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Ectropion Surgery in San Diego, CA

Free Consultations Available

Address

1520 East Plaza Boulevard, National City, CA 91950

Office Hours

8:00AM - 5:00PM
Monday - Friday

Meet our Surgeon

Emma McDonnell, M.D., is a board certified Oculoplastic and Reconstructive Surgeon. She specializes in adult and pediatric reconstructive and cosmetic eyelid surgery (i.e. Blepharoplasty), brow and forehead lifts, facial and orbital surgery. Dr. McDonnell is trained to diagnose and manage diseases of the eye socket and the lacrimal drainage system, and thyroid eye diseases, and to treat facial trauma and eyelid injuries. Dr. McDonnell attended University of Southern California where she graduated Summa Cum Laude, earning her Bachelor of Arts in Biology and Healthy and Humanity. After that, she attended Johns Hopkins School of Medicine in Baltimore and Sinai Hospital of Baltimore. Dr. McDonnell did her residency in Ophthalmology at University of Texas Southwestern Medical Center and fellowship in Ophthalmic Plastic and Reconstructive Surgery at Wilmer Eye Institute at John Hopkins Hospital. She has multiple publications and was voted 2nd best research paper by a Resident by University of Southwestern. Following her extensive training, Dr. McDonnell became board certified by the American Board of Ophthalmology. She is a member of North American Neuro-Ophthalmology Society, and Pan-American Association of Ophthalmology. Dr. Emma McDonnell is originally from Southern California and she is very excited to be back to serve the community. During her free time, she enjoys running and reading. Dr. McDonnell is proficient in Spanish and English.

What is Ectropion?

Ectropion is an eye condition in which the eyelid turns outward. It typically affects the lower eyelid, exposing the inner lid in either one section of the eye or across the entire lid. Ectropion prevents tears from draining from the eye correctly, resulting in irritation. It usually occurs in older adults as a result of the aging process, during which muscles, tendons and connective tissue around the eyes progressively weaken. Those who have had trauma to the face or eyes are at greater risk of developing ectropion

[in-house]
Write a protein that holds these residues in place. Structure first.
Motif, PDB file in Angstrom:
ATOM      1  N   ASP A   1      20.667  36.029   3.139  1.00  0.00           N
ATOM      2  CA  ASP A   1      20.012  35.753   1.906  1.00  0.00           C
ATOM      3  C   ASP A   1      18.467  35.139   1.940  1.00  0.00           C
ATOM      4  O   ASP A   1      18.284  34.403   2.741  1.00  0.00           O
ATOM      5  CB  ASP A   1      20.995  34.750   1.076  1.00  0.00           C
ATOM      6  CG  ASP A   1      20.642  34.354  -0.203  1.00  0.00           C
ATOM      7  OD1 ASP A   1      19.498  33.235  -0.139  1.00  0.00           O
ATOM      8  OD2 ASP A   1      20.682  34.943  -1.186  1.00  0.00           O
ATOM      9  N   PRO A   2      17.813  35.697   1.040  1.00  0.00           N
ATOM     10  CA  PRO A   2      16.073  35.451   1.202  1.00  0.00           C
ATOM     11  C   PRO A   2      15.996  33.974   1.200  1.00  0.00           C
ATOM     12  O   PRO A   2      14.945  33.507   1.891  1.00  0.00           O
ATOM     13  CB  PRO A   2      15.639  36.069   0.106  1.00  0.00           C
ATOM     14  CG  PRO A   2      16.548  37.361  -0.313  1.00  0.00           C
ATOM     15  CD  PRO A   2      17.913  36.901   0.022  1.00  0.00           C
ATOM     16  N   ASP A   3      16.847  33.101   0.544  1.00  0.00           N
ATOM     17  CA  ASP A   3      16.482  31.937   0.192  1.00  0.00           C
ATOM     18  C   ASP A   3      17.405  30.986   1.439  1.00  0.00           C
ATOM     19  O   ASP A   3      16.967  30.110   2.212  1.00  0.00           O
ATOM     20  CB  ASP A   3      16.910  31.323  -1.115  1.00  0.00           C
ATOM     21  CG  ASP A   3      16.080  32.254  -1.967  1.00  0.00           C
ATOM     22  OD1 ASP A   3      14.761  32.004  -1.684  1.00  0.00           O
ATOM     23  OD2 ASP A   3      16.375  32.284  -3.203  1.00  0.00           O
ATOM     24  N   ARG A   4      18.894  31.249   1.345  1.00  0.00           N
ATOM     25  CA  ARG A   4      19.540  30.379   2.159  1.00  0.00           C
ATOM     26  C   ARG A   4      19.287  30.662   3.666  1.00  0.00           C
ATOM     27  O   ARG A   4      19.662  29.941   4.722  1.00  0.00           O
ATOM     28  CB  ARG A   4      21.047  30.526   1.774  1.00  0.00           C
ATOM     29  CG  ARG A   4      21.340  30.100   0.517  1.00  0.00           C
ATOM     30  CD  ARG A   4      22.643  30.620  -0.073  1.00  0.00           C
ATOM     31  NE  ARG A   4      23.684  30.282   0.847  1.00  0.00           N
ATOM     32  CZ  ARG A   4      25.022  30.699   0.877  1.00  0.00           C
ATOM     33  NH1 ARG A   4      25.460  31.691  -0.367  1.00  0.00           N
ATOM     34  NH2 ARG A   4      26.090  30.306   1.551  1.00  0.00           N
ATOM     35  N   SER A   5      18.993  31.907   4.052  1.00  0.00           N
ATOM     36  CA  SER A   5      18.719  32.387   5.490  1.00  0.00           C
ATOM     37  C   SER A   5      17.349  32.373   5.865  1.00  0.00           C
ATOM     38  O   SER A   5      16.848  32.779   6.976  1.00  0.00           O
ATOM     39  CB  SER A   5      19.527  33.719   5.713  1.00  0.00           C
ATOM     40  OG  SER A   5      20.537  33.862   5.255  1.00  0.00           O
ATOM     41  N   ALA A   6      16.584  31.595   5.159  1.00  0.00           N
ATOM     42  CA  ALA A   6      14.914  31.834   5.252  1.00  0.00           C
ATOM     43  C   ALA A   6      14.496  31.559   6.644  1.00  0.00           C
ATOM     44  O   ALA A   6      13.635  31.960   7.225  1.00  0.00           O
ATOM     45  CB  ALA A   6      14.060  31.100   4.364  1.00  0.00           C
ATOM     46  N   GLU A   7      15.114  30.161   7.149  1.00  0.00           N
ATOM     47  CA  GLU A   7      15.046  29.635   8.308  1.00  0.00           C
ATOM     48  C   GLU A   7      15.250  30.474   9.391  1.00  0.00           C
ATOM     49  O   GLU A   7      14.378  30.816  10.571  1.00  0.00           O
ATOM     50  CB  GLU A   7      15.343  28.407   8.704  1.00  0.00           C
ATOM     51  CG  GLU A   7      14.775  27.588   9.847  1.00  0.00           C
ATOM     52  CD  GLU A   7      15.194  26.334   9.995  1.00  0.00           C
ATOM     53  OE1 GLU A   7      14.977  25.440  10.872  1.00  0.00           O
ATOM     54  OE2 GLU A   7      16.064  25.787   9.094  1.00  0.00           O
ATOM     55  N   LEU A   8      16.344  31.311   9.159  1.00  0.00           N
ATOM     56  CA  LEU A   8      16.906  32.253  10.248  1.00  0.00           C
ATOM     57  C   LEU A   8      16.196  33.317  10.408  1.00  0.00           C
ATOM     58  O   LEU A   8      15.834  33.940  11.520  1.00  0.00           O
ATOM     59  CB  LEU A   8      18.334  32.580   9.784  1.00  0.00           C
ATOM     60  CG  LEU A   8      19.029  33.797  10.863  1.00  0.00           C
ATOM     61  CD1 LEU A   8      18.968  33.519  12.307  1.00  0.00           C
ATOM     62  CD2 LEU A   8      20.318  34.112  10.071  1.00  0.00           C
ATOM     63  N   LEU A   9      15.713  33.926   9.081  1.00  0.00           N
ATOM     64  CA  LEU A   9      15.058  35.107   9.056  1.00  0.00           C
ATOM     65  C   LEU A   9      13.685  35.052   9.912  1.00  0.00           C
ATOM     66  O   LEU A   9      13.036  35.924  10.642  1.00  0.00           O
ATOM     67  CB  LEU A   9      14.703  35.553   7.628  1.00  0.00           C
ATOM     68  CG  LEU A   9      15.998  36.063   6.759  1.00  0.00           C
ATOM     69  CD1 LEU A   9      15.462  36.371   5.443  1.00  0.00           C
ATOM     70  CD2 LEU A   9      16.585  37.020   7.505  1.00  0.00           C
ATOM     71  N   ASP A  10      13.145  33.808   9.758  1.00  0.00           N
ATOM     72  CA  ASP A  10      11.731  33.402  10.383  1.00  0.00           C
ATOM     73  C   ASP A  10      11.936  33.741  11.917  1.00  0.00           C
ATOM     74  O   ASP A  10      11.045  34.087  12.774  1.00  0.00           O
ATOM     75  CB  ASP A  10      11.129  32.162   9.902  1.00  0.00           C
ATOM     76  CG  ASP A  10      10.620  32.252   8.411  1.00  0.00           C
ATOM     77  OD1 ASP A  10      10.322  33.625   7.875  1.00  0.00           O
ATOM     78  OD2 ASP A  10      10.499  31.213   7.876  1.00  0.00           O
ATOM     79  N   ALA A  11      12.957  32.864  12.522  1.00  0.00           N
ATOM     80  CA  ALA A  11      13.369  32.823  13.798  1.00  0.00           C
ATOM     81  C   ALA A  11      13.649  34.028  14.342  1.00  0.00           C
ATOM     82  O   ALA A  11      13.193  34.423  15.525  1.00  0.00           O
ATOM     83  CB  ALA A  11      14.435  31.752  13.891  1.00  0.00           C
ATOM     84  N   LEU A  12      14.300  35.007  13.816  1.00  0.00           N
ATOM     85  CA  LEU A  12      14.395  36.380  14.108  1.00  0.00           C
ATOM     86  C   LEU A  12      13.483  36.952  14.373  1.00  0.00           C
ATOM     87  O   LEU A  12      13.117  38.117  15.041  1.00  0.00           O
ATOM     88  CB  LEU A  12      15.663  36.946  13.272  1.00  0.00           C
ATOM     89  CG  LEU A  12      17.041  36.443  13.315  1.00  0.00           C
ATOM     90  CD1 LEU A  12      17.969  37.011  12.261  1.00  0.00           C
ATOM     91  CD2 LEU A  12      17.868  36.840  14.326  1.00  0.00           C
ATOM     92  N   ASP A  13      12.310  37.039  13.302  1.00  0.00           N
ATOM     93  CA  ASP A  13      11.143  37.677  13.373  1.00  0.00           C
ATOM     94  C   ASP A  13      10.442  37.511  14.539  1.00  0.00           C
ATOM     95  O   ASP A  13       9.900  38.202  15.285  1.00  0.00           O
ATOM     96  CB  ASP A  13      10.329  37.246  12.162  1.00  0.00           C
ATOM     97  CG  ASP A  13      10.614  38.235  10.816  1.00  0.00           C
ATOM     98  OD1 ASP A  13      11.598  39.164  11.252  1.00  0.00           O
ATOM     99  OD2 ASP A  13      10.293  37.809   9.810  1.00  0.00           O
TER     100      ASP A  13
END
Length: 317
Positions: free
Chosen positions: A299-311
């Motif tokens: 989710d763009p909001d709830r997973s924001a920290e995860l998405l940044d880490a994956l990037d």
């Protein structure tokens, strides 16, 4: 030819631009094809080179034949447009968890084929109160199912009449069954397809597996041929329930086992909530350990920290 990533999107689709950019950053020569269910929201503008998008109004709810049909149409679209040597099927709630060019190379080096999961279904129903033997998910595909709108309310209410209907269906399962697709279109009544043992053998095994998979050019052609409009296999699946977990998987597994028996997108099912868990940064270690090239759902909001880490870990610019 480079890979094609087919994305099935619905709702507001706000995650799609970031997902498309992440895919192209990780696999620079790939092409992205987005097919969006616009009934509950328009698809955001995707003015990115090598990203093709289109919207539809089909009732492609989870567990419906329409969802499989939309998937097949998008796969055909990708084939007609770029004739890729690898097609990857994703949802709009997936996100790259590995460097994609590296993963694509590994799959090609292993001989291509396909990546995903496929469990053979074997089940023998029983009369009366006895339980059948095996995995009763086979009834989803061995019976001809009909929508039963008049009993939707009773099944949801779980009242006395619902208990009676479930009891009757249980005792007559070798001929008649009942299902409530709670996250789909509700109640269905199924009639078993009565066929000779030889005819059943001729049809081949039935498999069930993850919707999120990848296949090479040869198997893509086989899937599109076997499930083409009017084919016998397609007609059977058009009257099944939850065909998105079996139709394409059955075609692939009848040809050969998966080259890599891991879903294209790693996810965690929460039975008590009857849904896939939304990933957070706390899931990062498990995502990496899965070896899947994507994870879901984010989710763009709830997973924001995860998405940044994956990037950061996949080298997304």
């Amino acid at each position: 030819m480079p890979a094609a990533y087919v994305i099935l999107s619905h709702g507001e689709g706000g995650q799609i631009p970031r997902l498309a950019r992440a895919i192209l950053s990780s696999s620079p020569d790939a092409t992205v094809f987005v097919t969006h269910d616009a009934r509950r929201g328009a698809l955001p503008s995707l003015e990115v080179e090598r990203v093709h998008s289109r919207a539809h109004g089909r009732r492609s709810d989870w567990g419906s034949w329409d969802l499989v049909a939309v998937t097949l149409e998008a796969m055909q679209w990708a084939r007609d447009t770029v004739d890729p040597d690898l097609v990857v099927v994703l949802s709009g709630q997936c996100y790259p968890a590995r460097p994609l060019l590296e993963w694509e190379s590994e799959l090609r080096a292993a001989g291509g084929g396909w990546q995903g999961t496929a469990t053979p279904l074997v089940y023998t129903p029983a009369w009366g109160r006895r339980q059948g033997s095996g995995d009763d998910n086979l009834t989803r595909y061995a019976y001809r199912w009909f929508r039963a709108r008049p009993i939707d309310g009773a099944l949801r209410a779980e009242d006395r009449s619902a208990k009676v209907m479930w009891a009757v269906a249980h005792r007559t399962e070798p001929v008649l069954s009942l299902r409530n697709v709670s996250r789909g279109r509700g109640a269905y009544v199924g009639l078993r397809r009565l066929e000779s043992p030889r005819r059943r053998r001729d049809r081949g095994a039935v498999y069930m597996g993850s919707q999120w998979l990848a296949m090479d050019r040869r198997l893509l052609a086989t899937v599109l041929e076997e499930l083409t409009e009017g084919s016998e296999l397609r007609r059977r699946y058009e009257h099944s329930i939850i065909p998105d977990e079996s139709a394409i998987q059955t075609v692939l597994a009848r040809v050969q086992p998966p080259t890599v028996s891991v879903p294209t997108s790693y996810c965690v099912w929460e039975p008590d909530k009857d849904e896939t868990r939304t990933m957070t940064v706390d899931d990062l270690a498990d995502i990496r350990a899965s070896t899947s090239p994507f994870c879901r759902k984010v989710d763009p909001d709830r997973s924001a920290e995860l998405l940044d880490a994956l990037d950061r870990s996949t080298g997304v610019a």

Frequently Asked Questions

What Are The Causes Of Ectropion?

In addition to aging, there are a number of causes of ectropion:

  • Facial paralysis due to Bell’s palsy or tumor
  • Facial scarring from burns or other trauma
  • Eyelid growths (malignant or benign)
  • Previous eyelid surgery (blepharoplasty)
  • Radiation of the eyelid to treat a cancerous growth
  • Excessive sun exposure
  • Rapid weight loss
  • Cosmetic laser-skin resurfacing
  • Certain eye drop medications, such as those used to treat glaucoma

In rare cases, ectropion is a congenital condition. It is usually found in infants with another genetic disorder, such as Down syndrome.

What Are The Symptoms Of Ectropion?

In patients with ectropion, tears do not drain properly into the small openings on the inner part of the lid (puncta). This poor drainage causes several symptoms that include the following:

  • Eye irritation and redness
  • Excessive tearing
  • Pain
  • Sensitivity to light
  • Inflammation
  • Eyes that feel dry or gritty

Patients with ectropion should be aware of its possible complications, and report any worsening of symptoms immediately.

What Are The Complications Of Ectropion?

Several serious complications, including the following, can result from ectropion:

  • Corneal abrasions
  • Corneal ulcers
  • Eye infections

Evidence of complications includes eye pain, sensitivity to light or rapidly increasing redness, or a decrease in vision. Any worsening of ectropion symptoms is a sign that vision is in jeopardy and emergency treatment should be sought.

What are The Treatments Of Ectropion?

While there are temporary-relief treatments, such as artificial tears or soothing ointment, correction of ectropion is accomplished with a brief surgical procedure in which the eyelids are repositioned. For ectropion due to muscle weakness or scars from a previous surgery, the repair procedure may include the following:

  • Stretching of scar tissue
  • Removal of a small section of eyelid
  • Skin graft to reposition the eyelid

A patient usually needs to wear an eye patch for 24 hours after surgery. During recovery, an antibiotic and steroid ointment must be administered. Though there may be some short-term bruising or swelling after the operation, the symptoms of ectropion usually resolve immediately.